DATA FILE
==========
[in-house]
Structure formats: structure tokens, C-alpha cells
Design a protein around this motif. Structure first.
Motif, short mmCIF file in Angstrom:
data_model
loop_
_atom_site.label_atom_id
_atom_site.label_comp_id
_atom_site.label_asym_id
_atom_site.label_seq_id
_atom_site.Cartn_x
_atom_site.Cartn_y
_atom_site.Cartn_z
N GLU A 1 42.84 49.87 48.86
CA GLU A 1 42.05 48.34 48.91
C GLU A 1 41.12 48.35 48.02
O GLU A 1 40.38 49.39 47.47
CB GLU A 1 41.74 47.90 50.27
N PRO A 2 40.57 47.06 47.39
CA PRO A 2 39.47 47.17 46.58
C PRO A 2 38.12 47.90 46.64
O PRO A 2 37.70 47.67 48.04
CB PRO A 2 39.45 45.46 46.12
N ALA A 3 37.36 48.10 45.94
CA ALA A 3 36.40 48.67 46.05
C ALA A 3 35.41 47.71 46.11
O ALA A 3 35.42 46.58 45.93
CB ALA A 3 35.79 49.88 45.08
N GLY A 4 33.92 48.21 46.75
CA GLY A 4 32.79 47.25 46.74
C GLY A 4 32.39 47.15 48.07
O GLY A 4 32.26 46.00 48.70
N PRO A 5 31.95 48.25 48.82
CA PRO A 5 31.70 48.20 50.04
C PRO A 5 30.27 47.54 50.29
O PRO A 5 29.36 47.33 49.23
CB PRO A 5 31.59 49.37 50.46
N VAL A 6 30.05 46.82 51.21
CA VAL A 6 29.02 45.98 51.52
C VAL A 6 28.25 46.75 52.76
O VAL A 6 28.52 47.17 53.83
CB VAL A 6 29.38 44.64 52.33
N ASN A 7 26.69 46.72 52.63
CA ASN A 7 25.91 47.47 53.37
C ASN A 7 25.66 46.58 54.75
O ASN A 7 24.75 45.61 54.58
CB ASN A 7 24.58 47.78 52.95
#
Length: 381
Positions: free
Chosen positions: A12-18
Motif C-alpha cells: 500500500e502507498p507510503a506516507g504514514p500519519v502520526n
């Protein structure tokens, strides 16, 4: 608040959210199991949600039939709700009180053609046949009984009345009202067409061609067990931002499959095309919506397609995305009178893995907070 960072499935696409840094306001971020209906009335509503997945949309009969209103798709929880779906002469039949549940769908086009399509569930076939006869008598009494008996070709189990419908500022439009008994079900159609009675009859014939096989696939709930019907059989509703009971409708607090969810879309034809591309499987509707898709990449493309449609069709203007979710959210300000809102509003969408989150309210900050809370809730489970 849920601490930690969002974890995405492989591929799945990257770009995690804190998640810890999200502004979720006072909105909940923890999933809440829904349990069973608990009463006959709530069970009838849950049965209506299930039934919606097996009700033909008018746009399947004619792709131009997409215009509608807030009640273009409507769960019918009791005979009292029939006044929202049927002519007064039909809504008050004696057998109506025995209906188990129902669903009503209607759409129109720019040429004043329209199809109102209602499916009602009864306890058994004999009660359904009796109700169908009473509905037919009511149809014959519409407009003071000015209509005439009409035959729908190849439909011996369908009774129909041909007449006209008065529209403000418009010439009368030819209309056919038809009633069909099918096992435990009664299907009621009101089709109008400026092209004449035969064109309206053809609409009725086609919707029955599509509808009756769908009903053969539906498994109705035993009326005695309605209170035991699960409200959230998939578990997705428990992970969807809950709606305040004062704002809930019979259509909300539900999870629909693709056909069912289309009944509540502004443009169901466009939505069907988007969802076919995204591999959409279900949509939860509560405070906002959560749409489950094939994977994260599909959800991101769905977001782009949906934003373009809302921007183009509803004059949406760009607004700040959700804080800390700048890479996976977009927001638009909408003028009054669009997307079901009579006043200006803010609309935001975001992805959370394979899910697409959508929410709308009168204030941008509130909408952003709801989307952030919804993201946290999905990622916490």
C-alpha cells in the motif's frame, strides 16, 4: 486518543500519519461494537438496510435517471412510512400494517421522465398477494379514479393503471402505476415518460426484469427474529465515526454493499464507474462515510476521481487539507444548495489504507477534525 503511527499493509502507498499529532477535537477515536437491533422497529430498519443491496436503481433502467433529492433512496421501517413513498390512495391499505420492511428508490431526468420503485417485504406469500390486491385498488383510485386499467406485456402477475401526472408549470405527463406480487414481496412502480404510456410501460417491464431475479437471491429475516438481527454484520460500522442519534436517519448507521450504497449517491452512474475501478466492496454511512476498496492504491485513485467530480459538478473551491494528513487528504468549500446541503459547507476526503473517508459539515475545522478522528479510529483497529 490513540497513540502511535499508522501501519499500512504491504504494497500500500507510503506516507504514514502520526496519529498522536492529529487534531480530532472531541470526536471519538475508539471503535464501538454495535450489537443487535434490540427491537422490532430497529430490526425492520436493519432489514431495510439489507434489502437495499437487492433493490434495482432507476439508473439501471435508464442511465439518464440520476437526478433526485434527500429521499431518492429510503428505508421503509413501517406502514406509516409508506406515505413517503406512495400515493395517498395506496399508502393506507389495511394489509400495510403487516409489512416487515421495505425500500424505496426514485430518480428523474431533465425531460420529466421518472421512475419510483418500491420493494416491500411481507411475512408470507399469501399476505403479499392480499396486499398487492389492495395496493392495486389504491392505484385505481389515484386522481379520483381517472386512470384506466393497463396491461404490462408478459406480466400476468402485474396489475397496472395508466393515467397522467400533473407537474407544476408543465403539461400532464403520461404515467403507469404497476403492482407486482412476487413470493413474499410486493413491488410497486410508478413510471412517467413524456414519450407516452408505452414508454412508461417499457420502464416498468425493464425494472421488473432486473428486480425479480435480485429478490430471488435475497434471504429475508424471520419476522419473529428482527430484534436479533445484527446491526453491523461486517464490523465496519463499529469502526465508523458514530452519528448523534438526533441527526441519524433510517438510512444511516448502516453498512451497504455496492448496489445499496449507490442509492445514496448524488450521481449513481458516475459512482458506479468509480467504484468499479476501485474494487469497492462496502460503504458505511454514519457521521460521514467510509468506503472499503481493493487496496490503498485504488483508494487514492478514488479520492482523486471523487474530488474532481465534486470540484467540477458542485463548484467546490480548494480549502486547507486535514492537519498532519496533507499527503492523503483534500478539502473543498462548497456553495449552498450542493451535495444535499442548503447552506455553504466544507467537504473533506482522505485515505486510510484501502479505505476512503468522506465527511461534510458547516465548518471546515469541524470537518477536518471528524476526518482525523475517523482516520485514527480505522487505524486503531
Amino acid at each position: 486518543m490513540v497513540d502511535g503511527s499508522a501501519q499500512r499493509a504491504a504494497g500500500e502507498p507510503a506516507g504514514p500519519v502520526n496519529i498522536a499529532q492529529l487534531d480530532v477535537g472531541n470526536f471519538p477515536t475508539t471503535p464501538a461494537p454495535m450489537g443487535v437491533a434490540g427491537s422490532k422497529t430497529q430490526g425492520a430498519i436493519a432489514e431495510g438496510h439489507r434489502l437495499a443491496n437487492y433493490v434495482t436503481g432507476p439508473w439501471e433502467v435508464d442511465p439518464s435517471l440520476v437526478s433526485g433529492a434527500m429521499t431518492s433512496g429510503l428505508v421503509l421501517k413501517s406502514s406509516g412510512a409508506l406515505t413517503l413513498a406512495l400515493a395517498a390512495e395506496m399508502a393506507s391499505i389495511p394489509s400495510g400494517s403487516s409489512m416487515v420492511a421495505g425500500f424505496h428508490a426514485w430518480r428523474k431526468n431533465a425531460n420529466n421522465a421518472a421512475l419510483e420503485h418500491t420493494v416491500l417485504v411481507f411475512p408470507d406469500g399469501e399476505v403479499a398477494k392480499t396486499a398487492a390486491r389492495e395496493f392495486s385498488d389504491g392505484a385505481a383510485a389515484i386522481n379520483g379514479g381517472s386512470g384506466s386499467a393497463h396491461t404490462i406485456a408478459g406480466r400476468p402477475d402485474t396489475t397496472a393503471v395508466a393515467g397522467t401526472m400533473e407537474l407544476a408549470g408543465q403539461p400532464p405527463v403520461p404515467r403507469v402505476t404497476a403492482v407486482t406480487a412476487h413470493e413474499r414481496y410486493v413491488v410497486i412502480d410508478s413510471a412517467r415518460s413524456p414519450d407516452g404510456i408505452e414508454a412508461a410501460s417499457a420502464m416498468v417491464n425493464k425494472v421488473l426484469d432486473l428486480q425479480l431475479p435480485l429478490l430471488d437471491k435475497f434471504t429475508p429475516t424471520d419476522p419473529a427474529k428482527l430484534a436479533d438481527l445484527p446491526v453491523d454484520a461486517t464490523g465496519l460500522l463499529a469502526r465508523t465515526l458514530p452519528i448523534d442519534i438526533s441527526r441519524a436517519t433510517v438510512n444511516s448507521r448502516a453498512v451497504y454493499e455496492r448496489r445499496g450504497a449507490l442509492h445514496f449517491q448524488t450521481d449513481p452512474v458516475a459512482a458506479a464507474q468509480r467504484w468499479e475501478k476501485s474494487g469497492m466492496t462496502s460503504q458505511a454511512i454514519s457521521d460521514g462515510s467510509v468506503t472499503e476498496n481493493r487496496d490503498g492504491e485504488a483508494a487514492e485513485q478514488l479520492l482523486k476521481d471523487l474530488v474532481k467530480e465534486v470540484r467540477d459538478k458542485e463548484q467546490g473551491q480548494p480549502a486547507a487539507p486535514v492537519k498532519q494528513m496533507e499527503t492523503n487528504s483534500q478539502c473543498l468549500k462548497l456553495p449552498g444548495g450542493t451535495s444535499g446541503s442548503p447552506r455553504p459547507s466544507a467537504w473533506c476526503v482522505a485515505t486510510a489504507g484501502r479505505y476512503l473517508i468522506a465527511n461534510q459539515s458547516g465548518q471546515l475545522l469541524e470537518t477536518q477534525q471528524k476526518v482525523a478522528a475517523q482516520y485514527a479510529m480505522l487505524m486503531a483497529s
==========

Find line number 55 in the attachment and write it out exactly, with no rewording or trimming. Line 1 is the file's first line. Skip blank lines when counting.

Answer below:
Amino acid at each position: 486518543m490513540v497513540d502511535g503511527s499508522a501501519q499500512r499493509a504491504a504494497g500500500e502507498p507510503a506516507g504514514p500519519v502520526n496519529i498522536a499529532q492529529l487534531d480530532v477535537g472531541n470526536f471519538p477515536t475508539t471503535p464501538a461494537p454495535m450489537g443487535v437491533a434490540g427491537s422490532k422497529t430497529q430490526g425492520a430498519i436493519a432489514e431495510g438496510h439489507r434489502l437495499a443491496n437487492y433493490v434495482t436503481g432507476p439508473w439501471e433502467v435508464d442511465p439518464s435517471l440520476v437526478s433526485g433529492a434527500m429521499t431518492s433512496g429510503l428505508v421503509l421501517k413501517s406502514s406509516g412510512a409508506l406515505t413517503l413513498a406512495l400515493a395517498a390512495e395506496m399508502a393506507s391499505i389495511p394489509s400495510g400494517s403487516s409489512m416487515v420492511a421495505g425500500f424505496h428508490a426514485w430518480r428523474k431526468n431533465a425531460n420529466n421522465a421518472a421512475l419510483e420503485h418500491t420493494v416491500l417485504v411481507f411475512p408470507d406469500g399469501e399476505v403479499a398477494k392480499t396486499a398487492a390486491r389492495e395496493f392495486s385498488d389504491g392505484a385505481a383510485a389515484i386522481n379520483g379514479g381517472s386512470g384506466s386499467a393497463h396491461t404490462i406485456a408478459g406480466r400476468p402477475d402485474t396489475t397496472a393503471v395508466a393515467g397522467t401526472m400533473e407537474l407544476a408549470g408543465q403539461p400532464p405527463v403520461p404515467r403507469v402505476t404497476a403492482v407486482t406480487a412476487h413470493e413474499r414481496y410486493v413491488v410497486i412502480d410508478s413510471a412517467r415518460s413524456p414519450d407516452g404510456i408505452e414508454a412508461a410501460s417499457a420502464m416498468v417491464n425493464k425494472v421488473l426484469d432486473l428486480q425479480l431475479p435480485l429478490l430471488d437471491k435475497f434471504t429475508p429475516t424471520d419476522p419473529a427474529k428482527l430484534a436479533d438481527l445484527p446491526v453491523d454484520a461486517t464490523g465496519l460500522l463499529a469502526r465508523t465515526l458514530p452519528i448523534d442519534i438526533s441527526r441519524a436517519t433510517v438510512n444511516s448507521r448502516a453498512v451497504y454493499e455496492r448496489r445499496g450504497a449507490l442509492h445514496f449517491q448524488t450521481d449513481p452512474v458516475a459512482a458506479a464507474q468509480r467504484w468499479e475501478k476501485s474494487g469497492m466492496t462496502s460503504q458505511a454511512i454514519s457521521d460521514g462515510s467510509v468506503t472499503e476498496n481493493r487496496d490503498g492504491e485504488a483508494a487514492e485513485q478514488l479520492l482523486k476521481d471523487l474530488v474532481k467530480e465534486v470540484r467540477d459538478k458542485e463548484q467546490g473551491q480548494p480549502a486547507a487539507p486535514v492537519k498532519q494528513m496533507e499527503t492523503n487528504s483534500q478539502c473543498l468549500k462548497l456553495p449552498g444548495g450542493t451535495s444535499g446541503s442548503p447552506r455553504p459547507s466544507a467537504w473533506c476526503v482522505a485515505t486510510a489504507g484501502r479505505y476512503l473517508i468522506a465527511n461534510q459539515s458547516g465548518q471546515l475545522l469541524e470537518t477536518q477534525q471528524k476526518v482525523a478522528a475517523q482516520y485514527a479510529m480505522l487505524m486503531a483497529s